Secure Ratchet Straps Right with the Good-N-Tight®

Get 3x the leverage with Good-N-Tight®

If you or someone you know is looking for a smarter and safer way to secure ratchet straps, the Good-N-Tight® may be just what you need.

This mechanical ratcheting aid makes proper tensioning of 2″, 3″, and 4″ ratchet straps much easier than doing it by hand. With 3x the leverage, the Good-N-Tight® gives just about anybody the ability to tightly secure cargo loads.

Good-N-Safe with the Good-N-Tight®

The Good-N-Tight®  also makes ratchet strap tightening safer. In fact, one chiropractor recommends it as a tool to prevent injuries. The Good-N-Tight® is thought to reduce the stress put on your body (back, shoulders, and elbows) when tightening portable ratchet straps. Unlike winch bars, the Good-N-Tight®  will not slip out and cause injury.

Not only is it safer for your body, it also ensures your cargo loads are fully secure. This leads to safer roadways for everyone.

Even better, the Good-N-Tight® is tax deductible because it’s considered a safety item!

Made of high-strength polycarbonate plastic, the Good-N-Tight®  weighs just 1.5 pounds. But make no mistake, this product is made in the USA and designed to last.

The Many Uses of the Good-N-Tight®

Besides giving you a mechanical advantage when securing ratchet straps, there are numerous other uses of the Good-N-Tight®  that make it a great investment.

1. Check your tire pressure – Tap your tires with the Good-N-Tight®  to quickly ensure they aren’t low on air. Properly inflated tires will make a loud and sharp thud, while poorly inflated tires make a dull thud.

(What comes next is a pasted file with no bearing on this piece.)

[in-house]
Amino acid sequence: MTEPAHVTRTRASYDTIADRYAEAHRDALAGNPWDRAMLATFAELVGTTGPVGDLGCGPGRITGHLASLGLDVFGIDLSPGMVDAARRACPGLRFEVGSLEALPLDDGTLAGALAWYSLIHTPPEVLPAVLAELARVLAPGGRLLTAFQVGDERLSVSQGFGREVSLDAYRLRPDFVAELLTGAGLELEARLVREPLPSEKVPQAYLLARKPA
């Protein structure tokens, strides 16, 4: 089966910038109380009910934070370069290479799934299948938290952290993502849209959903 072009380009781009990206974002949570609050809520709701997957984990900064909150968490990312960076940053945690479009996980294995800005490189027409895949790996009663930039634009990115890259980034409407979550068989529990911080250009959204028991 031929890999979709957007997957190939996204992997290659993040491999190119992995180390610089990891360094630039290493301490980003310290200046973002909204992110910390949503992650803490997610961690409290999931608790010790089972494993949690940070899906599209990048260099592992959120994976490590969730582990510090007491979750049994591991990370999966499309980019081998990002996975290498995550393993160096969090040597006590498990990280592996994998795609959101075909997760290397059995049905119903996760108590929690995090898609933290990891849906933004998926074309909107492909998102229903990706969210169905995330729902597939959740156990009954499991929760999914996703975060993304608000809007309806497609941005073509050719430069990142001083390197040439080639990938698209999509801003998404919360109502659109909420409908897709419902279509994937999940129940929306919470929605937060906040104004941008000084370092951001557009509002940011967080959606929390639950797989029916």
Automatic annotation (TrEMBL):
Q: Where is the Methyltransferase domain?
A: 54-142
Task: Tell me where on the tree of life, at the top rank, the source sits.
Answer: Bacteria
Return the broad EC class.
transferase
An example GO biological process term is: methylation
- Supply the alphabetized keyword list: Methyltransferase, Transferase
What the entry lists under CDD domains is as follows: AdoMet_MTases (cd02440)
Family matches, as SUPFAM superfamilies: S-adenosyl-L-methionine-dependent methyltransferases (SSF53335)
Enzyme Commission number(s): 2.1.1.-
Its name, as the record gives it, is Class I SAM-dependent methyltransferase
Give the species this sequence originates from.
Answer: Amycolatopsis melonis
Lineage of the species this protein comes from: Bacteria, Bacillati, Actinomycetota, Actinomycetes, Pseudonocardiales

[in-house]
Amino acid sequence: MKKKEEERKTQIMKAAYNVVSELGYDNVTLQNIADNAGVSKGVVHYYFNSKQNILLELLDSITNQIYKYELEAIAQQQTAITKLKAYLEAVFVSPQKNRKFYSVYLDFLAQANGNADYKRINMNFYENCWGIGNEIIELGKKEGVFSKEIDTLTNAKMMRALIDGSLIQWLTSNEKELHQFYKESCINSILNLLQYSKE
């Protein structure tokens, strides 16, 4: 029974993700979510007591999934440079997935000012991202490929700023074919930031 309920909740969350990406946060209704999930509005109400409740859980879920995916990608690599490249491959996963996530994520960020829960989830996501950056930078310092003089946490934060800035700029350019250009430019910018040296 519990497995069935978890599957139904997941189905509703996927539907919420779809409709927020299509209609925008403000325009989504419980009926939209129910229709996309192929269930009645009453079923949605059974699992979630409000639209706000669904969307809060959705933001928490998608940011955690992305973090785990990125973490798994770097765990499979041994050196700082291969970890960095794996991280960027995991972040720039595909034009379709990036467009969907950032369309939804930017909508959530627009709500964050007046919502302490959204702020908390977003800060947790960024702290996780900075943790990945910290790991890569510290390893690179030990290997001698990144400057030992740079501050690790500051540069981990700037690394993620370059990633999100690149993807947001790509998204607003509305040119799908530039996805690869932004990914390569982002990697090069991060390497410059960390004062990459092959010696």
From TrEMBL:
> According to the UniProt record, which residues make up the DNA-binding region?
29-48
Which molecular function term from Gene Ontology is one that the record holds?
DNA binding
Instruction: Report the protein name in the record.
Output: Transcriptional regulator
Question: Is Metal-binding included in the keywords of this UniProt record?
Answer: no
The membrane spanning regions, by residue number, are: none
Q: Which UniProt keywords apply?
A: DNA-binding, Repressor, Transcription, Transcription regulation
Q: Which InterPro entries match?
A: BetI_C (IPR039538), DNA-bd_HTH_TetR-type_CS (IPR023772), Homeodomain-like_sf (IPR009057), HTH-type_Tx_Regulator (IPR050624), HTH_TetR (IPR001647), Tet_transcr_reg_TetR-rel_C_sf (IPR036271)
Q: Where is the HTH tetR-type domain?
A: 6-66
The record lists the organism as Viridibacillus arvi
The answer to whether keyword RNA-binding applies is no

2. Use it as a hammer – You won’t be able to chisel concrete with it, but if you need to drive a nail or tap something flush in a pinch the Good-N-Tight®  is built solid enough to handle it.

3. Personal protection – Hopefully you won’t ever need it for this but, much like a baseball bat, the Good-N-Tight® can serve as a self-defense tool if needed.

5 Tips for Hunting with Your Portable Tree Stand

Whether hunting with a bow or firearm, utilizing a portable tree stand is a popular way to gain an elevated view of approaching game and ensure your scent is not easily detected down below. However, tree stands can result in serious injury without preparation, the appropriate tree stand accessories and proper installation procedures. Add the essential hunting accessories and you’re ready for a good hunt.

Climbing tree stands allow for superior mobility while searching for the optimal spot to blend in and wait. No matter what portable tree stand you choose – even if you make your own – there are safety considerations to remember and best practices to follow. Use these tips the next time you venture out:

  1. Inspect your gear. Before you even leave home, look over all of your equipment and hunting accessories. Check your safety harness and straps for fray or other defects. Make sure the pieces of your stand are in working order. Double check your supply list so you don’t forget to pack any essential tools.
  2. Find the right tree. Locating an ideal tree may take a while unless you’ve previously scouted the area. Trees have to be sturdy enough to support both you and the platform. Live, healthy trees with a sizeable circumference are the goal. Tall and sturdy with no lower branches or loose bark are other preferred features. Some stand manufacturers set restrictions or size specifications. Confirm the area you’re in allows the type of system and accessories you are using. Screw-in styles or steps are frequently not permitted in order to protect trees from permanent damage.
  3. Lock your safety harness to the trunk. Getting your stand set up and safely secured can take a little while. Once you have the top and bottom parts of the stand ready to make the climb, tether your body harness to the trunk with a moveable ratchet strap secured just above the top of the stand. This securement will serve as backup if the stand falls. In addition, a safety strap from your harness to the tree takes some weight and pressure off the stand itself.